Normally, this report card would be posted promptly after the game. However, after witnessing such a disaster, I had to take time to gather myself before analyzing the horrible play by the Chicago Bears in their 35-14 Week 4 loss to the hated Green Bay Packers this past Thursday night. The Bears (1-3) never stood a chance. Carelessness with the football resulted in Green Bay scoring two touchdowns within the span of one minute early in the first quarter, and the Pack never looked back.
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A total of four turnovers and eight penalties only harmed Chicago’s chances of reclaiming the lead in the all-time series in the NFL’s oldest rivalry. The Bears couldn’t even take advantage of a lightening delay after the first quarter to regroup—unlike another professional Chicago sports team that used a similar instance to recover and clinch a World Series title.
As the up-and-down play of the Bears continues this season, let’s take a look at how far up or down their grades are for Week 4.
Forget about the 218 yards and one touchdown he threw. Mike Glennon’s play on Thursday night, especially early in the game, was the main reason why the Bears was in a deep hole. Three of his four turnovers were committed in the first half, and three of those four turnovers resulted in touchdowns by Green Bay. Glennon mustered up only 93 passing yards in the second half, overthrew a number of balls, and even threw a pass into triple coverage. It looks like the clock will be striking midnight for Glennon real soon.
Chicago’s running game did a complete turnaround from Week 3. After gaining over 200 yards on the ground against the Pittsburgh Steelers, running backs Jordan Howard and rookie Tarik Cohen amassed only 77 yards rushing—granted, most of those yards were gained after the game was way out of reach. Howard did manage to get into the end zone in the waning moments of the game. Unfortunately, a couple of long runs were taken away by penalties.
Wide Receivers/Tight Ends
We did see more of the Bears’ wide receivers and tight ends in this game, but obviously it wasn’t enough. Kendall Wright led the receiving corps with 51 yards and a touchdown that gave Chicago a glimmer of light headed into halftime. Tight ends Zach Miller and Dion Sims combined for three receptions for 53 yards. On the Bears’ first offensive play of the game, Sims did allow Packers linebacker Clay Matthews to strip-sack Glennon, causing Chicago’s first turnover. And we have yet to see a catch by Markus Wheaton.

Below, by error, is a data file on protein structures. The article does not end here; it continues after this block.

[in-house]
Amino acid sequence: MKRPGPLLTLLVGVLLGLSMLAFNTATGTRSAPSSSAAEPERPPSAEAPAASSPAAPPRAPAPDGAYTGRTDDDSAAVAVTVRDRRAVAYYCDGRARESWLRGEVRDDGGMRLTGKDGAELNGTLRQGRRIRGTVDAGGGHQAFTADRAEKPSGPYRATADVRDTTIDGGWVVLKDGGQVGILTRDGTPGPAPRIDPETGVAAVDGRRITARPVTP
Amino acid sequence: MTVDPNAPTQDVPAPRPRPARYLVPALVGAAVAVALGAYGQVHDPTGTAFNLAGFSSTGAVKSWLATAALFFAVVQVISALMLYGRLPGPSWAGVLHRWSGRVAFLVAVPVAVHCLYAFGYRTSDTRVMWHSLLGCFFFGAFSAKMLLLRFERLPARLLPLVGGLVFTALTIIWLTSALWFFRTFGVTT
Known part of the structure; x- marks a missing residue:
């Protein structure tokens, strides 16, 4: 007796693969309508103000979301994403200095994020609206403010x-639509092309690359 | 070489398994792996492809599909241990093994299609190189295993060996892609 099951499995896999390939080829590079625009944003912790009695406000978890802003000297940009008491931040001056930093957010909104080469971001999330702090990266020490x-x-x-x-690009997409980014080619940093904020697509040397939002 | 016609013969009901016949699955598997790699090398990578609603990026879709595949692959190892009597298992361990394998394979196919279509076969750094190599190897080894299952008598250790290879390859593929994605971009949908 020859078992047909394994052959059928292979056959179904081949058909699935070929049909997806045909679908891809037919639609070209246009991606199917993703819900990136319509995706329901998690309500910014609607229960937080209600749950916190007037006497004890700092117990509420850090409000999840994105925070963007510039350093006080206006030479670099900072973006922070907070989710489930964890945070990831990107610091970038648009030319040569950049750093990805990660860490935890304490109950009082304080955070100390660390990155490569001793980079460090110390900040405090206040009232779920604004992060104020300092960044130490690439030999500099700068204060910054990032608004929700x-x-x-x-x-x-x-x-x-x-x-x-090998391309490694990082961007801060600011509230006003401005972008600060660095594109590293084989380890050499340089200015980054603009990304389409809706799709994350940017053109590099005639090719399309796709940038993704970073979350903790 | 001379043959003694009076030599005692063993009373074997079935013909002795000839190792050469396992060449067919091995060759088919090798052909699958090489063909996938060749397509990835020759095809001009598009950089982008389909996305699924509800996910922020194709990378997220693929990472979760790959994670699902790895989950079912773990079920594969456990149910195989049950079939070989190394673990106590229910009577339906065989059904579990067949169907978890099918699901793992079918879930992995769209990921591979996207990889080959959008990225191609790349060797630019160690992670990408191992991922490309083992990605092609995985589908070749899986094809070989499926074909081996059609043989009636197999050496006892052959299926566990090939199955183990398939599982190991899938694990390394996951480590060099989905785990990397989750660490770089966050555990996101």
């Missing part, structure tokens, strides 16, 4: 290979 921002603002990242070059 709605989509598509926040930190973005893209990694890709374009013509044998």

Only one sack was surrendered by the offensive front, but they couldn’t take advantage of the Packers’ 21st ranked run defense. Nothing was given to Howard and Cohen on the ground when it counted most. A holding penalty by Josh Sitton negated a 15-yard run by Cohen, and a false start by Charles Leno Jr. shortly after stunted a Bears’ offensive drive early in the second quarter.
The names of the Bears’ defensive linemen weren’t called very often during this game. Even with the amount of injuries the Packers suffered to their running backs throughout the contest, they still managed to combine for 92 yards and a touchdown on the ground. Green Bay averaged only 69.0 rushing yards per game coming into Week 4 (tied for 29th in the NFL).
Many thought that the pass rush would’ve came alive against a Packers offensive front that surrendered 13 sacks in the first three games of the season. The only thing that the Bears managed to get was two sacks, one by Pernell McPhee and one by Leonard Floyd. The biggest blow was delivered by Danny Trevathan on the biggest hit of the game. Trevathan drew a personal foul penalty with a helmet-to-helmet hit on Packers wide receiver Davante Adams on third-and-goal on the 21-yard line. As a result, the ball was put on the four-yard line for Green Bay, and they scored another touchdown that put the game completely out of reach on the ensuing play.
Packers quarterback Aaron Rodgers didn’t have a spectacular day passing-wise, but he still managed to record four touchdown passes. Chicago’s secondary just couldn’t cover Green Bay’s wideouts when it mattered most, and had a couple of blown coverages as well. Cornerback Bryce Callahan was beaten on two of the Packers’ touchdowns.
Punter Pat O’Donnell landed two of his three punts inside the 20-yard line, and had an average of 47.3 yards per punt. On the Bears’ first drive of the third quarter, the offense put kicker Connor Barth in position to cut the Packers’ lead to 11 points. Barth missed it wide right.
Even with two intermissions, Chicago’s coaching staff still couldn’t make the necessary adjustments for their team. Although the Bears did score a touchdown at the end of the second quarter, there was some poor time management displayed. In addition, they are still allowing soft coverage on the goal line with their cornerbacks, which was shown on the Packers’ first touchdown of the game.